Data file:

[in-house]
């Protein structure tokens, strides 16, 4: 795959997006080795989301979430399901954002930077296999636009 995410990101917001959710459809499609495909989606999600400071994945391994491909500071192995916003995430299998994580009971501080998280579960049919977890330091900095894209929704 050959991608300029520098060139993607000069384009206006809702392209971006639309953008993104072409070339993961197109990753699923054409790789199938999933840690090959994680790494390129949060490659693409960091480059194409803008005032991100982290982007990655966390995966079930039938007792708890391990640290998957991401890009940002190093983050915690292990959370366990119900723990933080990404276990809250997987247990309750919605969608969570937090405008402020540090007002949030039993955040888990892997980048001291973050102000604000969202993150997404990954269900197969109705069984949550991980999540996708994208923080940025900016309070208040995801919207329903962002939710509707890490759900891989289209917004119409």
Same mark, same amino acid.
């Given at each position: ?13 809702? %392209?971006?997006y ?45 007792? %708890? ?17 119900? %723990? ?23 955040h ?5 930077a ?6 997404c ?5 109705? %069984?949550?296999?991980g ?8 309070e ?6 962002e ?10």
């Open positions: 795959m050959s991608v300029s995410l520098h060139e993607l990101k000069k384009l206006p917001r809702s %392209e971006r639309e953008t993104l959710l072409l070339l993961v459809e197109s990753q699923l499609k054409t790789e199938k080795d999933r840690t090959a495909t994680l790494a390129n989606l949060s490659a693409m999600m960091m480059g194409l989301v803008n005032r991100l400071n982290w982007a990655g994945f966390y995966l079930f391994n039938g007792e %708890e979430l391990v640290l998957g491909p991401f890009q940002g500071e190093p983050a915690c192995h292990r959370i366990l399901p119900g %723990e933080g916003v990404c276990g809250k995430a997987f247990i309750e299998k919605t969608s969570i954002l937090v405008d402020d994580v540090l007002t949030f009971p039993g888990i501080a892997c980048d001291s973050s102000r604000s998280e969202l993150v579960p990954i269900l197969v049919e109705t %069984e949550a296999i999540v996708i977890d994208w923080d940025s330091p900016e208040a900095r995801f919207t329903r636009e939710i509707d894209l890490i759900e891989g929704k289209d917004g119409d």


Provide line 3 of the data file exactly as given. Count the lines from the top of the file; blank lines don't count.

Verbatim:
Same mark, same amino acid.